Entered Kanab just before noon. This is the area where many westerns were filmed going way back to the 1924 "Deadwood Coach" starring Tom Mix. Many of the great stars of the big screen have been filmed in Kanab. Jack Palance, Henry Fonda, Claudette Cobert, Forest Tucker, Anthony Quinn, Jimmy Stewart and of course the Duke- John Wayne. Kanab was also the background for a number of the old television show westerns including "he Lone Ranger", "Have Gun Will Travel", "Daniel Boone", "Gunsmoke", the comedy "F Troop" and even that heartwarmer "Lassie". Information on these and the many other films and TV shows shot in this area is available at the Kanab Visitors Center. Photo stills accompany the movie posters which line the walls of the center. Many photos are signed by the actors/actresses, the majority thanking the kind folks of Kanab for their hospitality during filming. This interesting buffalo guards the Visitors Center. I wish we could have stayed longer in Kanab but it was time to top of the gas tank with the relatively cheaper Utah gasoline and continue our journey south into Arizona.
At Fredonia, AZ, US89 becomes a scenic highway. The Escalante Staircase with its five colorful steps runs east and south from here. Hopping off US89 onto SR67 at Jacob Lake, the road began the long climb to Grand Canyon's North Rim. Desert sage gives way to thick groves of Aspen and Ponderosa Pine. Menacing clouds coagulated into a sky of black as raindrops started to dot the windshield. Bolts of lightning flashed as the accompanying thunder boomed. The raindrops became more steady and heavy. Hail began bouncing off the RV as a bolt of lightning made contact with a pine tree off to the west beyond the meadows. The tree lit up like neon but the fire was quickly quenched in the downpour. It was as if Mother Nature was putting on a spectacle just for us! We paid our admission fee at the Ranger Station and cruised into our campsite fourteen miles later.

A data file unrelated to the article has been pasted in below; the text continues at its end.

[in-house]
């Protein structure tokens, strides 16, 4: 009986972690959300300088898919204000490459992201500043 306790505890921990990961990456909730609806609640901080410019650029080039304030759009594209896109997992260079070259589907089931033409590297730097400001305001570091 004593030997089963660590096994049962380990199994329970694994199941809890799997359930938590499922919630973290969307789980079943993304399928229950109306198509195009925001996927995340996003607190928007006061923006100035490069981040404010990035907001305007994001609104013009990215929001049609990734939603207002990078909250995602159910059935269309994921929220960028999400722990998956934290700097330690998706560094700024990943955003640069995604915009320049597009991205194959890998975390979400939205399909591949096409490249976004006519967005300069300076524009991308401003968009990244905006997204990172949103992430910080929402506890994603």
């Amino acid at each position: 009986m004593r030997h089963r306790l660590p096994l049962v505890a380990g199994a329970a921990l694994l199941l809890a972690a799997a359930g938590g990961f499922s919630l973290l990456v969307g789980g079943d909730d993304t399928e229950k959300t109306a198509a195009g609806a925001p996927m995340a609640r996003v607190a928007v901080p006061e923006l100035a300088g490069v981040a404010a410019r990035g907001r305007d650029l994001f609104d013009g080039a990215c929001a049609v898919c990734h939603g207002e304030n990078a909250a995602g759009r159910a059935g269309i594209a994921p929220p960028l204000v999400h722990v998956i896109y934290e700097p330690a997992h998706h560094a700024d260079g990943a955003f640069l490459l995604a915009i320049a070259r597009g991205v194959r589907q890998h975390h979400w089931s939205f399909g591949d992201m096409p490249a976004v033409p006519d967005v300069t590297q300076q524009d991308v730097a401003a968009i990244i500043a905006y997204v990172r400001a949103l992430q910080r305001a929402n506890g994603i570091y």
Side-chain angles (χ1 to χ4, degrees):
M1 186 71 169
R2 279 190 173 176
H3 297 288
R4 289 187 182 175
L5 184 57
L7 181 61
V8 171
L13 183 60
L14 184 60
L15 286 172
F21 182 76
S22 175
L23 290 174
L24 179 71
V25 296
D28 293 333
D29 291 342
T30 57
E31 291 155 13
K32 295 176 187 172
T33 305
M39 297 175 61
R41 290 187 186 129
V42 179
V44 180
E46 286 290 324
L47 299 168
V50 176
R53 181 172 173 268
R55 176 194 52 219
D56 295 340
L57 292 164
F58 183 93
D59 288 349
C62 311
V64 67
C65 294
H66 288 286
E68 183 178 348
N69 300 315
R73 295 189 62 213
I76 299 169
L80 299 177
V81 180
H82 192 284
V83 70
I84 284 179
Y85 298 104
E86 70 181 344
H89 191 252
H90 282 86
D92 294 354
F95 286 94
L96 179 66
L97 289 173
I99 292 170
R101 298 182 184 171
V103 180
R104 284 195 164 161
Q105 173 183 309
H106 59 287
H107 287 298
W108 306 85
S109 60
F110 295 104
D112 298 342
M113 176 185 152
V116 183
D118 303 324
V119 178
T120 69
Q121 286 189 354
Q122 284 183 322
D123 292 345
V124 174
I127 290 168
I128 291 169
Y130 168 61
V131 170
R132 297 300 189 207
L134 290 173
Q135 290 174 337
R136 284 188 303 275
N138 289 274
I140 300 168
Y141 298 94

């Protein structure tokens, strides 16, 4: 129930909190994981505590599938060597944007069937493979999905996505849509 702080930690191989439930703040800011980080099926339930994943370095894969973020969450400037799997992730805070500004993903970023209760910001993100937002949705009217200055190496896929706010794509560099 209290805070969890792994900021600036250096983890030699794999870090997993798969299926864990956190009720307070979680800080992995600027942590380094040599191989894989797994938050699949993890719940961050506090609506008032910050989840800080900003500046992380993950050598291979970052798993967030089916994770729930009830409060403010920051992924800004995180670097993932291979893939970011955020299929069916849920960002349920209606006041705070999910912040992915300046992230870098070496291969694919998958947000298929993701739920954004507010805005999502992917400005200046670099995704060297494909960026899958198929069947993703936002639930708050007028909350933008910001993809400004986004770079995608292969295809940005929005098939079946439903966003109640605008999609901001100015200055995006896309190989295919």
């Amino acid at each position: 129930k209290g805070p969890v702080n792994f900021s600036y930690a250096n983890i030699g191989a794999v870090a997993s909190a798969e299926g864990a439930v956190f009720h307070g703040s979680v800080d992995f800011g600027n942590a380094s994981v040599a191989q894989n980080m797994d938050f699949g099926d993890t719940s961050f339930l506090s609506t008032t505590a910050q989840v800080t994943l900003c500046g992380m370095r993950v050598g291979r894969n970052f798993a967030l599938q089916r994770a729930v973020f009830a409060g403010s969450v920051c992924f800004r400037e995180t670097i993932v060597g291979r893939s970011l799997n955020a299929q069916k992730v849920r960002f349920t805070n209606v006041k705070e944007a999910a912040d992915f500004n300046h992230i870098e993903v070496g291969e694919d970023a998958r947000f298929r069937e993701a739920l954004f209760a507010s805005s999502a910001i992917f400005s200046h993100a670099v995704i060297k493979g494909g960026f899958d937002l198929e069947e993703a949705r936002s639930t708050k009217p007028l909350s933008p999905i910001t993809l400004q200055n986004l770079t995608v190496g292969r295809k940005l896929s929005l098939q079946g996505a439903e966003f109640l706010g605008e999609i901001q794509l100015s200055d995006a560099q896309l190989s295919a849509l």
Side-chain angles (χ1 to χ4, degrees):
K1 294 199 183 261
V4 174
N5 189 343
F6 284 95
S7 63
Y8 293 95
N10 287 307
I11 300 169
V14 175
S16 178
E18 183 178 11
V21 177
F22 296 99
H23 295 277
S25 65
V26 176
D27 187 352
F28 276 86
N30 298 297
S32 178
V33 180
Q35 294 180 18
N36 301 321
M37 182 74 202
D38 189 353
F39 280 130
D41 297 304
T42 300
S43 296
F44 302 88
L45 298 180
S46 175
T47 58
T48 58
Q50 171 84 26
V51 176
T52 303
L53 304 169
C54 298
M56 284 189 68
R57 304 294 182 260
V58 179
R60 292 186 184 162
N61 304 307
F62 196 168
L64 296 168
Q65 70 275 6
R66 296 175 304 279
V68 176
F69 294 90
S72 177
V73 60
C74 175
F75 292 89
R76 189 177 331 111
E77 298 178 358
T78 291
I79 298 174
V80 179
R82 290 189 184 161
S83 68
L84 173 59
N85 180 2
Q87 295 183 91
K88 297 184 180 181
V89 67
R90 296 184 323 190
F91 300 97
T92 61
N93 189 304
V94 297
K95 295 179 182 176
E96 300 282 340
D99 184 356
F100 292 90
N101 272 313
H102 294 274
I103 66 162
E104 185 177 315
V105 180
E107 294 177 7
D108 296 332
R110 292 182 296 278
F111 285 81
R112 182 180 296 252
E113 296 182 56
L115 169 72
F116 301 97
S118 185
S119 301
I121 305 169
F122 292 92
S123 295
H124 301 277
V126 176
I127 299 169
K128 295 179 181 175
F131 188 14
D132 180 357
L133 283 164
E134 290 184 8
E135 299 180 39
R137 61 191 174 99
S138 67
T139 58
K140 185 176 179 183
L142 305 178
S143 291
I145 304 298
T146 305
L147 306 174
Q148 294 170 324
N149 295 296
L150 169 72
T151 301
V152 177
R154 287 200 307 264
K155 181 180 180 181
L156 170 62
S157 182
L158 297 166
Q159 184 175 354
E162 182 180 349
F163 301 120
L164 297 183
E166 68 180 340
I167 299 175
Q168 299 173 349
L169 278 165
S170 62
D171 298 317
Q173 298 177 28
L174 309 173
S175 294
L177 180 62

I had reserved a "rim view" campsite and after settling in, we walked the 100 feet from our camp to the very edge of the canyon. The rain had stopped and the sun shone again. Words really can't describe the view. The red sandstone seemed to shimmer in the midafternoon sun. I leaned over the edge, looking 1000 feet straight down. My mother would have killed me had she seen me! There are no safety rails in this area of the park and I can now see how some 250 canyon rescues are performed annually.